The Evolution of Due Diligence Under the CSDDD

What will an effective due diligence programme entail under the CSDDD? In our second post we examine the growing role of due diligence and how to use it to mitigate negative impacts in the supply chain.

Photo of silver chain links against the bark of a tree trunk

By George Porter

Under the proposed EU Corporate Sustainability and Due Diligence Directive (CSDDD), companies will face increased requirements for conducting effective due diligence to prevent adverse environmental and human rights impacts within their value chains.

Failure to comply is likely to result in significant punishments for businesses who do not have defensible due diligence programmes in place. The current wording of the directive outlines “consequences including civil liability for those companies that cause or contribute to harm by failing to carry out due diligence”. Those consequences include bans on participating in public procurement, goods being taken off the market or fines of at least 5% of net worldwide turnover. 

Revising Questionnaire Based Due Diligence

Traditionally, the bulk of supply chain due diligence has focussed on standard questionnaires sent to suppliers requiring them to confirm their working conditions, policies and other aspects. While there are probably still areas in which this approach is valid (for example upstream partners, distributors or marketers based in countries with solid human rights records), the increased penalties and scope of the CSDDD mean that relying solely on partners to self-assess their compliance exposes businesses to significant risks.

Instead, implementing a risk-based approach is a better option to ensure compliance with the CSDDD. Identifying and categorising higher risk partners or those that operate in regions with identifiable issues with respect to human rights and the environment and following up with an enhanced due diligence process for those who warrant it is a more robust approach. For third parties with moderate risk levels, simple steps like engaging a local researcher to check local media coverage for adverse issues and searching court records for any criminal or civil cases may be sufficient. 

For higher-risk cases, involving local agents to conduct site visits and human source enquiries will provide essential insight beyond what is publicly available in jurisdictions that may have opaque information structures. By adopting a risk-based approach, companies can better identify and address potential risks within their supply chains and reduce the risk of significant consequences under the CSDDD.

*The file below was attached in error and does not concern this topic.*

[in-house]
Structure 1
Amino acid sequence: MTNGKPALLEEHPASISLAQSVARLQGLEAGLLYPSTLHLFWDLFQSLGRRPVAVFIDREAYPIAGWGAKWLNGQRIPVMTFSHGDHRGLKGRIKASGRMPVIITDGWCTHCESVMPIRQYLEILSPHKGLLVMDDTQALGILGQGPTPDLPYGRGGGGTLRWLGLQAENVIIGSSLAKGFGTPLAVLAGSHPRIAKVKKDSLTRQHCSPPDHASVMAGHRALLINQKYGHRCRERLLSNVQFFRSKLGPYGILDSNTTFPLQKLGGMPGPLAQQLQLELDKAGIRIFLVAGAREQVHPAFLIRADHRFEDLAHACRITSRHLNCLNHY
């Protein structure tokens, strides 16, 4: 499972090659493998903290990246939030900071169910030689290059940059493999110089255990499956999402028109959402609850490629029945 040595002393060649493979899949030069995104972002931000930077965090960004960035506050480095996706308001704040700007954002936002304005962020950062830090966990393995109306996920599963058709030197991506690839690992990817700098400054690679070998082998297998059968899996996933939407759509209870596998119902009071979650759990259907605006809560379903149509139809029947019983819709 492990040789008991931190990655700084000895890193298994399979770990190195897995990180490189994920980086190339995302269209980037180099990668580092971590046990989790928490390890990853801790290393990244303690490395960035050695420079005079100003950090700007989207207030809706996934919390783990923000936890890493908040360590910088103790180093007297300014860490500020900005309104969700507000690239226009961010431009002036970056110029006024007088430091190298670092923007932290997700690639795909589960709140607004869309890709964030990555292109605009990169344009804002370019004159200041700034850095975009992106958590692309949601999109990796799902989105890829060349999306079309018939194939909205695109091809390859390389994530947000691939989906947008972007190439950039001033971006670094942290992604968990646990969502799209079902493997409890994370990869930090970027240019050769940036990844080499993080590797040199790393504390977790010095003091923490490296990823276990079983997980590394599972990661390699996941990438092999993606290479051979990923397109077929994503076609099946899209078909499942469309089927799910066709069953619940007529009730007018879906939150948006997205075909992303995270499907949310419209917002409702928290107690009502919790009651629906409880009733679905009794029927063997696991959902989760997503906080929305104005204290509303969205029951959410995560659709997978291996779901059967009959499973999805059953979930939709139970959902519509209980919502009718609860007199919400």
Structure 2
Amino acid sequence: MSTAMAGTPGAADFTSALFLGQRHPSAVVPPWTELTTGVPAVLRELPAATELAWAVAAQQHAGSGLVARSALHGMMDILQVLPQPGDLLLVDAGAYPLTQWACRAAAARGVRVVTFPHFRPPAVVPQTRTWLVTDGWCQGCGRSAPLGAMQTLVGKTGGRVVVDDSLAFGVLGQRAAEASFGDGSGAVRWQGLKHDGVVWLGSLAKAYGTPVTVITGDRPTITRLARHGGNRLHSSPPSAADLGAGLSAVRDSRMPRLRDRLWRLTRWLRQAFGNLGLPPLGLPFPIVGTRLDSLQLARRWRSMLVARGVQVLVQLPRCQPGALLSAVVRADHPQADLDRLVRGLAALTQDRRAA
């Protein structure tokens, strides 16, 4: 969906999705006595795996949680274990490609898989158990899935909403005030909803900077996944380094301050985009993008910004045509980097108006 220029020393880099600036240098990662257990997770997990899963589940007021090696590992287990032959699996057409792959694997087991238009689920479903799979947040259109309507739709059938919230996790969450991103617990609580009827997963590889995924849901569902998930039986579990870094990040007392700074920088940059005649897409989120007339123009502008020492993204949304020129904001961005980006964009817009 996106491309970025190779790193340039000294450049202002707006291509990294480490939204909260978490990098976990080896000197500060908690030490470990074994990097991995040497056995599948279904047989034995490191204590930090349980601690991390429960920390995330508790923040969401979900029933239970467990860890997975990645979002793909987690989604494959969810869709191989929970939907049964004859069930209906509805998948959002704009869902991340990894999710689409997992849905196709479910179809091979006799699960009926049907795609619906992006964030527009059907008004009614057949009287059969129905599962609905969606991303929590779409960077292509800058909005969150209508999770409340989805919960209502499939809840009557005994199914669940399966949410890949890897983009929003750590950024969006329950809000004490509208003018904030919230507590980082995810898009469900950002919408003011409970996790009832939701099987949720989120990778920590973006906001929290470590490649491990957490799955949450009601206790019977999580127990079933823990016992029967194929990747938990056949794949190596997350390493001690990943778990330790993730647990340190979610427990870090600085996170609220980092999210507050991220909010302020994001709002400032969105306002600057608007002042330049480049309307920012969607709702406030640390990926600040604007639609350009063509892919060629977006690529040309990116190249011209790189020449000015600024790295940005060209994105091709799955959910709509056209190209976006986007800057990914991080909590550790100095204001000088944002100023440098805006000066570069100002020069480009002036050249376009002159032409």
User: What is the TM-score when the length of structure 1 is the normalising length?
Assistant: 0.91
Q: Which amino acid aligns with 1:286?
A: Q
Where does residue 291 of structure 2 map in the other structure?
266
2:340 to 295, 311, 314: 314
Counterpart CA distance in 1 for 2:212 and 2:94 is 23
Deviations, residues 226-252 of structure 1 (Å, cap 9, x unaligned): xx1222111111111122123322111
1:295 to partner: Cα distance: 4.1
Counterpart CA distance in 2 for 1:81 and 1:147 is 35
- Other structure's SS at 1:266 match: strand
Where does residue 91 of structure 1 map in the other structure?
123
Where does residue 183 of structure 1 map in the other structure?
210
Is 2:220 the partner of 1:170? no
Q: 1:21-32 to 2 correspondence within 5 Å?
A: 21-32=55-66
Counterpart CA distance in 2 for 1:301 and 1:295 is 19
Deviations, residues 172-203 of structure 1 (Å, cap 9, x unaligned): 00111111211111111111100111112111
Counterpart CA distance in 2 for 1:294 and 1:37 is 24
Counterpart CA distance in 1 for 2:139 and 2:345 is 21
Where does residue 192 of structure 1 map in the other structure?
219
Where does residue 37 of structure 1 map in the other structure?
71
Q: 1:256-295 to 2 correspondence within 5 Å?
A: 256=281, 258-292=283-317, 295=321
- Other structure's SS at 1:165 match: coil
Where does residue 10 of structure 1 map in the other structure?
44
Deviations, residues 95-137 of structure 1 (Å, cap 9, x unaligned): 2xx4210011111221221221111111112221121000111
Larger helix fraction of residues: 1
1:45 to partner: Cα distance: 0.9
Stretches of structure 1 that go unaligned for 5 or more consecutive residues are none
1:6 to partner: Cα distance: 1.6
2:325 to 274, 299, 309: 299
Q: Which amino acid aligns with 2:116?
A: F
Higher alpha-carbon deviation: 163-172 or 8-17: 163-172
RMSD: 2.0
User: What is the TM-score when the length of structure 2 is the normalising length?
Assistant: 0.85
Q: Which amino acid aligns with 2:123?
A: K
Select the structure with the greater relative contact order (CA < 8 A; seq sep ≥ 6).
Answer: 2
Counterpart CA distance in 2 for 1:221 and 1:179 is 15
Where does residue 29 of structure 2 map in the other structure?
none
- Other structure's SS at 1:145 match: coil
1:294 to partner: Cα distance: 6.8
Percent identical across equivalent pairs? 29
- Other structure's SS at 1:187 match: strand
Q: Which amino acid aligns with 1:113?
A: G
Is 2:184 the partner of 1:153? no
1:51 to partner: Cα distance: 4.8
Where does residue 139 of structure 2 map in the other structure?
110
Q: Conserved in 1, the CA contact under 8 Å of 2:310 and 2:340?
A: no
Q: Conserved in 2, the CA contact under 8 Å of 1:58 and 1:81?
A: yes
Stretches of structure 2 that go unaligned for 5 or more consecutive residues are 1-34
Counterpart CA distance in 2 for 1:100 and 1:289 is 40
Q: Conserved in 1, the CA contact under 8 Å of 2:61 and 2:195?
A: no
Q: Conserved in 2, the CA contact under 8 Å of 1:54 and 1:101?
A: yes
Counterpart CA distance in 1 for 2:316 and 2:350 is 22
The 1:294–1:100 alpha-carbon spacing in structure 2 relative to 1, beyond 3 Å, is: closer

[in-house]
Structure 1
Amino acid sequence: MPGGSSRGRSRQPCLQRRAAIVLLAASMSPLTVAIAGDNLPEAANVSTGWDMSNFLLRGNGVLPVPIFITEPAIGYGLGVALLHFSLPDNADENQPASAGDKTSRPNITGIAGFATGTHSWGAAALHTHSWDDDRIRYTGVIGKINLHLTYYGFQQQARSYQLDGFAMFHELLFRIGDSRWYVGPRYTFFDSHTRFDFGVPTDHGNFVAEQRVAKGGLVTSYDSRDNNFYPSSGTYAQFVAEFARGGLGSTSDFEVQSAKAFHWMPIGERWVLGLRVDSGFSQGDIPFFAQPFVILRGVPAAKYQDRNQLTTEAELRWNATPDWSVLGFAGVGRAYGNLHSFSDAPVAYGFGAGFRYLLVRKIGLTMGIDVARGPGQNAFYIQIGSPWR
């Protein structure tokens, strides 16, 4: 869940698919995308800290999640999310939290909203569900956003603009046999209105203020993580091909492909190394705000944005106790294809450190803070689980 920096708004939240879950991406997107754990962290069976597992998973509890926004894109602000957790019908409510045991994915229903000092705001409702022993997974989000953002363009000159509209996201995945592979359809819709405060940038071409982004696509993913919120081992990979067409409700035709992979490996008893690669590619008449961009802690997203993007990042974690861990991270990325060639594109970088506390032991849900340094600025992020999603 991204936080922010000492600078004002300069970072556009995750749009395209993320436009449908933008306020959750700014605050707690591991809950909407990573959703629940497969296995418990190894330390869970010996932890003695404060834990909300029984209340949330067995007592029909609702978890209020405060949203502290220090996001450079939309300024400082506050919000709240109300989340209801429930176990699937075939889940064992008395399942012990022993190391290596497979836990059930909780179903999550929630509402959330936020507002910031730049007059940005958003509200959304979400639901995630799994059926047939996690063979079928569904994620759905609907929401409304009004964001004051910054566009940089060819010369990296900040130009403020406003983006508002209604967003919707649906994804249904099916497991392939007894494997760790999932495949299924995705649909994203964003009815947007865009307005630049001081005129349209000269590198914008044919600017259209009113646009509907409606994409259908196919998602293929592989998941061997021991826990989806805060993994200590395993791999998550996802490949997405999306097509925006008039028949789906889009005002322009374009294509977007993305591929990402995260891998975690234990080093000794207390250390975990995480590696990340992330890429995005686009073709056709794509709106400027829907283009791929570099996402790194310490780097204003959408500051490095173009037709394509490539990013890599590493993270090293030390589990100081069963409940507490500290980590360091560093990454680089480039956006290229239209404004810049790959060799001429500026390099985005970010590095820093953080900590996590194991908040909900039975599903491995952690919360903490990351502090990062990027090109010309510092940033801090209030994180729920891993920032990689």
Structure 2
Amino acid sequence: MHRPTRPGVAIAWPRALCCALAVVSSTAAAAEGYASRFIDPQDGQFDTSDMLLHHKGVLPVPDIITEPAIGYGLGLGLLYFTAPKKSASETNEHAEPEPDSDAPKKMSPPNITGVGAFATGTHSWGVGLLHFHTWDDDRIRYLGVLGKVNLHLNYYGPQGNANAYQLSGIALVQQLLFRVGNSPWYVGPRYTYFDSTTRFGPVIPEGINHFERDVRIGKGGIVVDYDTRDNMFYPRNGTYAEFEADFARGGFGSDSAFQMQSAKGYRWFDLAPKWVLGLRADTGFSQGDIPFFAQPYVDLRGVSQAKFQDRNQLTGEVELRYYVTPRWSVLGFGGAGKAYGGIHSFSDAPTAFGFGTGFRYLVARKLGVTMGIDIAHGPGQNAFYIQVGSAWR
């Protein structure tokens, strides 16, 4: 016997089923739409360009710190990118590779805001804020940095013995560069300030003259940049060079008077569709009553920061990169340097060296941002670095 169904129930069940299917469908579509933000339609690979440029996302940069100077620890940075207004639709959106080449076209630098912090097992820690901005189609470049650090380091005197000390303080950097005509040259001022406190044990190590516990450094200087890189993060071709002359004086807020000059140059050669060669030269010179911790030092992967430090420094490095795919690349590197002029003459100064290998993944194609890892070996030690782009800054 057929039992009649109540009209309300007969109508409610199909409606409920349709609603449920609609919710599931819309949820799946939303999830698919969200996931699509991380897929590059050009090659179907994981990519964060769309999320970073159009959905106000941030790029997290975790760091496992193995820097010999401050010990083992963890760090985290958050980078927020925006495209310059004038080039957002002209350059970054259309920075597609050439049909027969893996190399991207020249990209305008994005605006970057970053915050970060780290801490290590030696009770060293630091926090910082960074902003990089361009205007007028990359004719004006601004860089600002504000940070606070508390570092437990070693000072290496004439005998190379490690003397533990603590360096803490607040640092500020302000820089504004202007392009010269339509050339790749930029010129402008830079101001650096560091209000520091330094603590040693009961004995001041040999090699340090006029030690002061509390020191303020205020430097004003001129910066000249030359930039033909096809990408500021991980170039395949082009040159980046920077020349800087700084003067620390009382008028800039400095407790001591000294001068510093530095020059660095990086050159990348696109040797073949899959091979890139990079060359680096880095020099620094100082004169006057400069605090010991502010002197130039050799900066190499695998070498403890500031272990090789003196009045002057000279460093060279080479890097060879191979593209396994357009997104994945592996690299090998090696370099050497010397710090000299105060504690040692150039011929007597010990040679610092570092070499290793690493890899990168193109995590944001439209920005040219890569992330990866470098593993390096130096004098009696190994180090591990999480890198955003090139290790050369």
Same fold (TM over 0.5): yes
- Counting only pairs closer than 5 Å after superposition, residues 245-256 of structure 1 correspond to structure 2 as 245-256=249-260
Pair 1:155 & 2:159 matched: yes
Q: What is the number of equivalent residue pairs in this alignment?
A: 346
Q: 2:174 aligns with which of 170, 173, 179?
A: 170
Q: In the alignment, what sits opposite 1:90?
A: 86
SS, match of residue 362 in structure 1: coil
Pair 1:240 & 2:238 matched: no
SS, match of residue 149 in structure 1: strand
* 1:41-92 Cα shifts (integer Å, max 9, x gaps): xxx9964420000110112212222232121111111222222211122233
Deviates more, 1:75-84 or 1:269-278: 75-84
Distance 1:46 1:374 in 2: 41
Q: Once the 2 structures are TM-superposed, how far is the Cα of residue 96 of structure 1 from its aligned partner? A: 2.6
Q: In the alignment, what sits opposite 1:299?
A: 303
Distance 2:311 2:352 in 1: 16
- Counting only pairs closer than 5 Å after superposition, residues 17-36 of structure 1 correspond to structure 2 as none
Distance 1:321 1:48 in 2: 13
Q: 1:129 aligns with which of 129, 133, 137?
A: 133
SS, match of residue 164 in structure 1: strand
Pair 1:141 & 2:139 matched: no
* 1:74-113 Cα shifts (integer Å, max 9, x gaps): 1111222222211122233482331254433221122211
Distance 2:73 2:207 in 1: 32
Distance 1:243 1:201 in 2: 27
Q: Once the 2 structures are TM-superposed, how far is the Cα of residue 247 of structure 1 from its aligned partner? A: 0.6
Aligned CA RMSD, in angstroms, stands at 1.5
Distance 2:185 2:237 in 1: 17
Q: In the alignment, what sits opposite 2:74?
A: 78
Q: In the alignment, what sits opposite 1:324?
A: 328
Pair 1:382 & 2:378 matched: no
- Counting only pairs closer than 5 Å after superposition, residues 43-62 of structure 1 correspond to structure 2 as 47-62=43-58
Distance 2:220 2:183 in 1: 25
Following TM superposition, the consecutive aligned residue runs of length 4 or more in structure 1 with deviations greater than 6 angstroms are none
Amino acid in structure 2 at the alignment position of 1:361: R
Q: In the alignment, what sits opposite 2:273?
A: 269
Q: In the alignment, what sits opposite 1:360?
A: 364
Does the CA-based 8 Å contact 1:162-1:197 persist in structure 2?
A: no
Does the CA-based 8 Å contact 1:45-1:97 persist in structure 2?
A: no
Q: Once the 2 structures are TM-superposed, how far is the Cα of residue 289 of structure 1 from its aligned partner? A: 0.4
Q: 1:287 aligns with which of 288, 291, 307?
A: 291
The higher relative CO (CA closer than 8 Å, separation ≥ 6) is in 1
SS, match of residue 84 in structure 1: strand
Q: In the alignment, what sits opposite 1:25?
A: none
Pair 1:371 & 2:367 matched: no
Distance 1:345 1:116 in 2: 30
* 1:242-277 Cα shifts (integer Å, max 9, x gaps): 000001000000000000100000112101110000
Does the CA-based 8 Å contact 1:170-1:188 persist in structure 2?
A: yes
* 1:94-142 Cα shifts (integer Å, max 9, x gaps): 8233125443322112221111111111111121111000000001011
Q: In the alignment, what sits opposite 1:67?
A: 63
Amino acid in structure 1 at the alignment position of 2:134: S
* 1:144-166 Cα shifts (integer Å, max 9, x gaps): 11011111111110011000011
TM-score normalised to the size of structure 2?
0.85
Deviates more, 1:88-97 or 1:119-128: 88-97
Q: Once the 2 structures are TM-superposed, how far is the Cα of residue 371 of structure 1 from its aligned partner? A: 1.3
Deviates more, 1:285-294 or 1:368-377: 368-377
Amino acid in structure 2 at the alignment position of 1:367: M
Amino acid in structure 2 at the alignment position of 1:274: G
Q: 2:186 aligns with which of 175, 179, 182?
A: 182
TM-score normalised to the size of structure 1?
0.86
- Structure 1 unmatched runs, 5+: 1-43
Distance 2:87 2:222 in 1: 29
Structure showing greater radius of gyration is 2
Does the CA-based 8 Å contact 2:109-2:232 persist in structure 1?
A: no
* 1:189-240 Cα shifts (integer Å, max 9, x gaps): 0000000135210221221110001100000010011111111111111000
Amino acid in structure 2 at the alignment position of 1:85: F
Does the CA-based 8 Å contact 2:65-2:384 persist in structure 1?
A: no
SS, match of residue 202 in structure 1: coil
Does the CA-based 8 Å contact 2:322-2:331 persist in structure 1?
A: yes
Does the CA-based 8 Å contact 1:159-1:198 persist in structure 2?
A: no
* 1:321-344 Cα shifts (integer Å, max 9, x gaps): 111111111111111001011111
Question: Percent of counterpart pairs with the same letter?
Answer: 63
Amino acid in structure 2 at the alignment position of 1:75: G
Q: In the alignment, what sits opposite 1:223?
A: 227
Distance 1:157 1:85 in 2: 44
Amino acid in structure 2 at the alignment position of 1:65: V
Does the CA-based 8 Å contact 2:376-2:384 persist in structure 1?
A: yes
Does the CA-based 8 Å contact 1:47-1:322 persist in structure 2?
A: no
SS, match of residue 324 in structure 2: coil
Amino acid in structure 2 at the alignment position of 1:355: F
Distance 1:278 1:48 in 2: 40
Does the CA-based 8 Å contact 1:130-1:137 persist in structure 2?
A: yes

Mitigating Negative Impacts in the Supply Chain with Due Diligence

The CSDDD places a responsibility on companies to prevent or minimise adverse environmental and human rights outcomes caused by partners or members of their value chain. While the directive provides some exemptions for certain cases, firms must have measures in place that are proportionate to the severity and likelihood of the adverse impact, as well as their own size, resources, and capacities.

In cases where a partner in the value chain is identified as causing a negative impact, the directive encourages continued engagement and remediation efforts rather than terminating the business relationship. To address such issues effectively, strong communication and a well-defined plan are necessary. Further targeted due diligence is required to monitor compliance with the plan and evaluate the effectiveness of measures taken.

Public disclosures and attestations submitted by partners should be carefully monitored, but on-the-ground due diligence is likely to be crucial. Monitoring local media by individuals familiar with the language and reporting practices can help confirm if issues persist or are being successfully addressed. 

In addition, physical visits to sites can provide visible evidence of compliance or non-compliance, particularly in cases of environmental degradation or waste management. Interviews with partner staff and relevant local regulatory agencies can also shed light on whether the mitigation plan is actually being followed in practice.

Are You Ready to Embrace the Growing Role of Due Diligence in Sustainability?

Under the CSDDD, due diligence programmes must evolve to meet the increased requirements and address potential risks in supply chains. Adopting a risk-based approach and conducting remedial due diligence are essential. By engaging local researchers and agents, monitoring media and physical sites, and conducting interviews, companies can effectively mitigate negative impacts and work towards compliance with the CSDDD. 

Implementing robust due diligence processes will not only help companies avoid penalties but also uphold environmental and human rights standards, contributing to a sustainable and responsible business ecosystem.

Get in touch today to discover how GTI is streamlining global due diligence with coverage in more than 250 jurisdictions.